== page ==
Sunday, February 6, 2011

The Hangman's Daughter

The Hangman's Daughter
Author: Oliver Pötzsch (Translated from German by Lee Chadeayne)
AmazonCrossing, 2010 (Originally published in 2008)
448 pages

A few weeks ago, this was the top-selling Kindle book in the USA. The reviews were mostly good, but what really hooked me was that the author drew upon his own family history to create an amazing fictional family. You see, he descends from a line of village hangmen, or executioners. As an amateur genealogist, I kinda dig this.

Following the career path of his father, grandfather, and other male ancestors, Jakob Kuisl is the executioner and torturer for the Bavarian town of Schongau in the mid-1600s. Everyone is afraid of Kuisl not just because of his job, but because he's physically strong and imposing in stature. But Kuisl is actually a happy family man with a good wife, a young adult daughter named Magdalena (for whom the book is named), and five year-old twins. He's actually quite sensitive, too -- not at all the scary person he's made out to be . . . well, at least if you're not on the other end of his torturing. Ironically, Kuisl is more interested in healing than torturing. In fact, he supplements his income with herbs and other traditional healing methods (and also by cleaning the streets of the town once a week).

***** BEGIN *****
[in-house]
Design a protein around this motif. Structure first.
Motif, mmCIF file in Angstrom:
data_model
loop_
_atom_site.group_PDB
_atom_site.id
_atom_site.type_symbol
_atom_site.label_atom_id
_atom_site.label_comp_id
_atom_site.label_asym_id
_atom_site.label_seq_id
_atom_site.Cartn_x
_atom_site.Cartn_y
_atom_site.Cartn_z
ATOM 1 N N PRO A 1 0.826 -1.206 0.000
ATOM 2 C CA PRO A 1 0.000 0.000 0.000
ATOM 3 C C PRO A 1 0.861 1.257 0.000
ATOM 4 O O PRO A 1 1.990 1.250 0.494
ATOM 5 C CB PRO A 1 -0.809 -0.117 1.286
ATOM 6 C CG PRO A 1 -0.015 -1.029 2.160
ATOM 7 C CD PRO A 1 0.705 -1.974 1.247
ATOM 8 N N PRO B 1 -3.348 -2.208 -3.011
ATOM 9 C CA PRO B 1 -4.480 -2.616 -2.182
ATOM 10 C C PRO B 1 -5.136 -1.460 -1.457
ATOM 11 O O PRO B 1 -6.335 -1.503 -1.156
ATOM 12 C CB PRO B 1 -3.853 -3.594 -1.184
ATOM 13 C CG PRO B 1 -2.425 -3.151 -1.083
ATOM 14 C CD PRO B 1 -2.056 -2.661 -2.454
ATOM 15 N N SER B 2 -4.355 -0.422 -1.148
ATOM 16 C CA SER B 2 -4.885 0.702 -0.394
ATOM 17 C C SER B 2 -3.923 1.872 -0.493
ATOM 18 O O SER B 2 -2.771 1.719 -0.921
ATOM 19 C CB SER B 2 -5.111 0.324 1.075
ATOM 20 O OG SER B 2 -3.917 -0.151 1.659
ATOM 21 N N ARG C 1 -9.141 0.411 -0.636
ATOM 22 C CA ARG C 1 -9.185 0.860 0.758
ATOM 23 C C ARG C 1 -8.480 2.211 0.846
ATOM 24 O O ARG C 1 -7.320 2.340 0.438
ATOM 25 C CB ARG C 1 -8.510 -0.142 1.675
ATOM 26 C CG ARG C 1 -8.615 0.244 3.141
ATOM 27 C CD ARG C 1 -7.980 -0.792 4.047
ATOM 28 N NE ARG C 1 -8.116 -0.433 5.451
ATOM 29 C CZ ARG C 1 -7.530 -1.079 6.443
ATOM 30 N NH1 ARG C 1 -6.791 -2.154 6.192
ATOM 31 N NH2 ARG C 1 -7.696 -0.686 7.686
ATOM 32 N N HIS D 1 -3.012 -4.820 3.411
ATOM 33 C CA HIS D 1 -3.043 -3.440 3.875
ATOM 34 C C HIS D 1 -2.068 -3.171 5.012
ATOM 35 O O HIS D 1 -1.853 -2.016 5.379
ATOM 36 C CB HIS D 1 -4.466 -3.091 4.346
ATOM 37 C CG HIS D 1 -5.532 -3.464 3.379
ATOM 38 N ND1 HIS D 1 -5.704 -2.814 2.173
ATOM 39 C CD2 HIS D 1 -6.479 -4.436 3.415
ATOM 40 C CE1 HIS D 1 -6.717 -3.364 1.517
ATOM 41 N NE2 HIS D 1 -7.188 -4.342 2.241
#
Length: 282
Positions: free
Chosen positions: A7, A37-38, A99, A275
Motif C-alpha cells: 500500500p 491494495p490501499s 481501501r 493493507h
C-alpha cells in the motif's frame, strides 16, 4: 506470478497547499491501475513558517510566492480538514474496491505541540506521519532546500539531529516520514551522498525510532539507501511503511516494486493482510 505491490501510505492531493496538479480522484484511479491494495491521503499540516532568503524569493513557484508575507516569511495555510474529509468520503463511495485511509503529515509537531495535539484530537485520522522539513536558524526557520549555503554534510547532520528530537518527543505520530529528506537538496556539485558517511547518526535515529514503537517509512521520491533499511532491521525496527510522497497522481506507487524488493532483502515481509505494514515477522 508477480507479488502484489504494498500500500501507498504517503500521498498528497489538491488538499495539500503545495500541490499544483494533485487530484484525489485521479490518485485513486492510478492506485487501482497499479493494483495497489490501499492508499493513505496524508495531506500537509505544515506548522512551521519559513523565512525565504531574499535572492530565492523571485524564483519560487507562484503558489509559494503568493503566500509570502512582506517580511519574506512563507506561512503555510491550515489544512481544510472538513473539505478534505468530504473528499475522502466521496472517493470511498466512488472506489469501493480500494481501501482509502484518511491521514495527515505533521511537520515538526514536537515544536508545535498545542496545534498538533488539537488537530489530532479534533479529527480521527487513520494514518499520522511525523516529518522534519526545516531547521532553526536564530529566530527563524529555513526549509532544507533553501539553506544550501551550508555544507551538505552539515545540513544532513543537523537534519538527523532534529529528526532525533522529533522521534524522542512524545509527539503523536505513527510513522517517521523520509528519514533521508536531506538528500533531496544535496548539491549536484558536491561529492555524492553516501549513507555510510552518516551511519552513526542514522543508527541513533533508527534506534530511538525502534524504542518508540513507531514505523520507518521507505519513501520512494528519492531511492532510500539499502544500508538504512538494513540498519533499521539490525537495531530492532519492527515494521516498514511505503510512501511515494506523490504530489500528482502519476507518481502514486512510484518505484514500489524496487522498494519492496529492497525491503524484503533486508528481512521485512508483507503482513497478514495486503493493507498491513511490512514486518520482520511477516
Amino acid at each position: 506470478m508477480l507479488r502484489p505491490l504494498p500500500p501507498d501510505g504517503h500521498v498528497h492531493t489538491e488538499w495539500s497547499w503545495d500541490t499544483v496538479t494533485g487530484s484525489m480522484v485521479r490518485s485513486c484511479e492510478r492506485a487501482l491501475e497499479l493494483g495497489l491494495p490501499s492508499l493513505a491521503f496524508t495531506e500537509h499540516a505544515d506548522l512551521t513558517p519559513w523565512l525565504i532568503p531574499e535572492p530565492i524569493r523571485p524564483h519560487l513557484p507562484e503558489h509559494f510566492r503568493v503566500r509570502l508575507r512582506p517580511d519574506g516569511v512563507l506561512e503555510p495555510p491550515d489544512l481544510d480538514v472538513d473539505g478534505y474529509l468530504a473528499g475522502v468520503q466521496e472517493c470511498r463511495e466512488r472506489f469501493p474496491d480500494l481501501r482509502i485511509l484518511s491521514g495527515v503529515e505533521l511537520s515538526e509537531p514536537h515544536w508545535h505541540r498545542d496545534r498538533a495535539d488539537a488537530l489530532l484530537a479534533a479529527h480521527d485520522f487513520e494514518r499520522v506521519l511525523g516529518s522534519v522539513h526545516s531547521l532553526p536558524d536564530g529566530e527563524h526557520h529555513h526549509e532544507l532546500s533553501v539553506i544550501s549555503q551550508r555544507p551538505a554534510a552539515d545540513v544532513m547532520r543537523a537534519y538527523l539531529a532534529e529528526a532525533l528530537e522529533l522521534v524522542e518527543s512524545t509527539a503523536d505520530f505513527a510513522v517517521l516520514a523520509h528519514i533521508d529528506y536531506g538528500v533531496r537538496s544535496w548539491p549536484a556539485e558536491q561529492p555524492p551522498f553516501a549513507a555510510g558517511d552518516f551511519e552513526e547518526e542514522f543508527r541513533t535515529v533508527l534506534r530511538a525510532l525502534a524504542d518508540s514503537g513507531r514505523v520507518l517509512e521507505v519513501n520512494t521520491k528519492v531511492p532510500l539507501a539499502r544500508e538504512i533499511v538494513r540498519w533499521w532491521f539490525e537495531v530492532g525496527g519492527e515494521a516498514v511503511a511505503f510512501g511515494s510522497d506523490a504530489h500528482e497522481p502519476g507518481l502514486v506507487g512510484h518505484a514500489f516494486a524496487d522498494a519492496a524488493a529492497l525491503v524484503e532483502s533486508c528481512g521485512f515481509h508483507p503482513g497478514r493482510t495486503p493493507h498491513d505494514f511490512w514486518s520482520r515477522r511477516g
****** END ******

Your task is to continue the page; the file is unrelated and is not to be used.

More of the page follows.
Bavaria is finally at peace after a long war (known historically as the Thirty Years' War), but peace hasn't fully come to Schongau. For one thing, mercenary soldiers are roaming around with nothing much to do except stir up trouble. And Schongau is slowly losing out economically to the nearby town of Augsburg, so there are issues between the tradesmen and merchants. When several young orphans are found dead, all tattooed with a mysterious symbol, there's talk of witchcraft. Immediately, the town's midwife is a suspect; she's a single woman who works with mysterious 'potions' and has been seen with the orphans. Although Kuisl is certain of her innocence, he knows he'll be expected to torture a confession out of the midwife . . . and eventually, to execute her.

Kuisl and his new friend Simon, a young university-educated physician who has a thing for Magdalena and a desire to learn the old ways of medicine, set out to find the real killer. But when Magdelena is kidnapped, things get personal for both Kuisl and the doctor. The last one-third of the book is especially hard to put down, and it's a breathless, fantastic ride.

The Hangman's Daughter is the first of at least two books featuring Kuisl, Simon, and Magdalena - but the others aren't yet available in English. Let's hope they are soon!